The federal government has stepped in once again to help those in need during the continued COVID-19 pandemic. Many received unemployment benefits under the Coronavirus Aid, Relief and Economic Security Act (CARES) back in March 2020, but those benefits have since run out.
Now the second round of stimulus checks is going out to Americans to provide another financial boost as part of the new Defense Bill. This new legislation also makes it easier for low-income college students to qualify.
But the question still lingers in the mind of many: Are government benefits, like SNAP, Medicaid, and TANF, going to continue to be available to those who need them most?
In short, yes. Read on to learn more about these programs and how to determine if you qualify during the COVID-19 crisis.
SNAP (Supplemental Nutrition Assistance Program) Benefits During COVID-19
The United States Department of Agriculture (USDA) has made it easier for families in all 50 states to receive the nutritional support they need. So you may qualify for benefits, even if you are receiving other forms of assistance.
Included in the new Defense bill is an additional $13 billion for SNAP starting on Jan. 1, benefits will be boosted by 15% a month for all SNAP recipients running until June 2021. In the defense bill, an additional $300 unemployment boost has been added, but don’t worry, if you receive SNAP benefits it will not count towards your income.
Among other changes, the bill allocates $5 million to the Department of Agriculture it to expand people’s ability to order their food online
Here are the few programs that can assist you and your family:
Child Nutrition Programs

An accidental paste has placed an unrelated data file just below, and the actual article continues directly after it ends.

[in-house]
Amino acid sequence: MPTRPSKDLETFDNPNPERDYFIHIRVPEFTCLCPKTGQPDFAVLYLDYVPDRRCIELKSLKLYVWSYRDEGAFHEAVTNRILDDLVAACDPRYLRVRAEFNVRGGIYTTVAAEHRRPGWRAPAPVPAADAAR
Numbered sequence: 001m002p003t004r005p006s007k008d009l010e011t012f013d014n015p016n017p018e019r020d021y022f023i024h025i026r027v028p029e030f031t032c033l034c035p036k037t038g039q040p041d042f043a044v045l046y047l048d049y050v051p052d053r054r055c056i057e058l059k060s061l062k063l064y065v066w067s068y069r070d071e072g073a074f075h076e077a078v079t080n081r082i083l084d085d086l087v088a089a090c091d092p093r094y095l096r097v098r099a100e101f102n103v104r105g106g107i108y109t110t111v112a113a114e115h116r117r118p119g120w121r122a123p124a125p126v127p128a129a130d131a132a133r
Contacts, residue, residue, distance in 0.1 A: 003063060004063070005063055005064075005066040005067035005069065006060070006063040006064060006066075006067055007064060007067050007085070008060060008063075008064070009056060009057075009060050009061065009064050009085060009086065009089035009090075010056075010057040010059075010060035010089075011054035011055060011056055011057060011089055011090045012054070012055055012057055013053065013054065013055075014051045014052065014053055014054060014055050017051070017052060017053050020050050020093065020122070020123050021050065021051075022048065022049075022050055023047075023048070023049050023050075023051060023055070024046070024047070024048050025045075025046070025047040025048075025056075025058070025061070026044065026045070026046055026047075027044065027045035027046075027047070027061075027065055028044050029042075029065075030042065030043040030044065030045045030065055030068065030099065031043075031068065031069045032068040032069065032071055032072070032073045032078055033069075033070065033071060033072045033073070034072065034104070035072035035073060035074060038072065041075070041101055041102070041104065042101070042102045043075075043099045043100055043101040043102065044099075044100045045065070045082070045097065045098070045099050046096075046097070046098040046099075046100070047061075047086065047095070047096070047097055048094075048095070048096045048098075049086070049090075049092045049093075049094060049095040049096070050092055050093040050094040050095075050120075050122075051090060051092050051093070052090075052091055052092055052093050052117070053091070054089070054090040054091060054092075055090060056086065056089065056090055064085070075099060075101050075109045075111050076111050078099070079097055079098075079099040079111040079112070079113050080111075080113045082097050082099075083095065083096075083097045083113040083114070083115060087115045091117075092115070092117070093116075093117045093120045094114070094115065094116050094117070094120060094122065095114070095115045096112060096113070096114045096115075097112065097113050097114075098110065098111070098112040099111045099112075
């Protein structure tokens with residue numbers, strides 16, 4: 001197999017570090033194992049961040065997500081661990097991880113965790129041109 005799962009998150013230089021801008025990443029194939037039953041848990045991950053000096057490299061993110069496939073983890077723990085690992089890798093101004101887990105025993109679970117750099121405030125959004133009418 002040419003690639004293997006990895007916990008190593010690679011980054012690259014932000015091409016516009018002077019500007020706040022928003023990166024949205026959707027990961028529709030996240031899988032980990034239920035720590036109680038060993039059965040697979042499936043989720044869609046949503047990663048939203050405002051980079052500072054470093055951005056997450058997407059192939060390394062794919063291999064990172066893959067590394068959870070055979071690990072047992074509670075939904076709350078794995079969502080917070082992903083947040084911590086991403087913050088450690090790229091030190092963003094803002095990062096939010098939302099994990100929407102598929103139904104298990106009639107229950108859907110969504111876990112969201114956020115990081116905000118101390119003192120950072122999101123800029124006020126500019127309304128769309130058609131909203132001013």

The federal government is collaborating with the states to help feed children from low to moderate-income families due to continued school closures. Use USDA Meals for Kids Site Finder to locate a program near you.
You can also call the USDA National Hunger Hotline at 1-866-348-6479 or 1-877-842-6273 if you need additional assistance.
Special Supplemental Nutrition Program for Women, Infants, and Children
The Women, Infants, and Children (WIC) program received an additional $500 million in funding under the Families First Coronavirus Response Act. Funds are available through September 30, 2021. Due to social distancing guidelines and WIC clinic closures, most WIC programs are now offering virtual applications.
Visit your local WIC website and find out how to apply by phone or online. For all SNS programs, other than SNAP, use this website for contact information.
On Sunday, December 20th, 2020, congressional leaders announced promises of a six-month increase in Supplemental Nutrition Assistance Program (SNAP) benefits and the creation of a USDA task force for online purchasing in the Special Supplemental Nutrition Assistance Program for Women, Infants, and Children (WIC).
$5 million has been allocated to the Department of Agriculture expanding American’s ability to order their food online. Prior to the passing of this bill, many didn’t have access to use their government benefits to purchase food online and couldn’t buy food from grocery stores and restaurants when they moved towards online ordering and delivery only.
The increased need for SNAP to aid families experiencing hardship pushed for an additional government funding bill enacted a bill in October.
In recent months, the USDA allowed states to use waivers and extend flexibilities without requesting USDA approval and continue to provide aid to families facing hardship.
You can also use this online tool from Benefits.gov to learn more about food and nutrition resources in your state.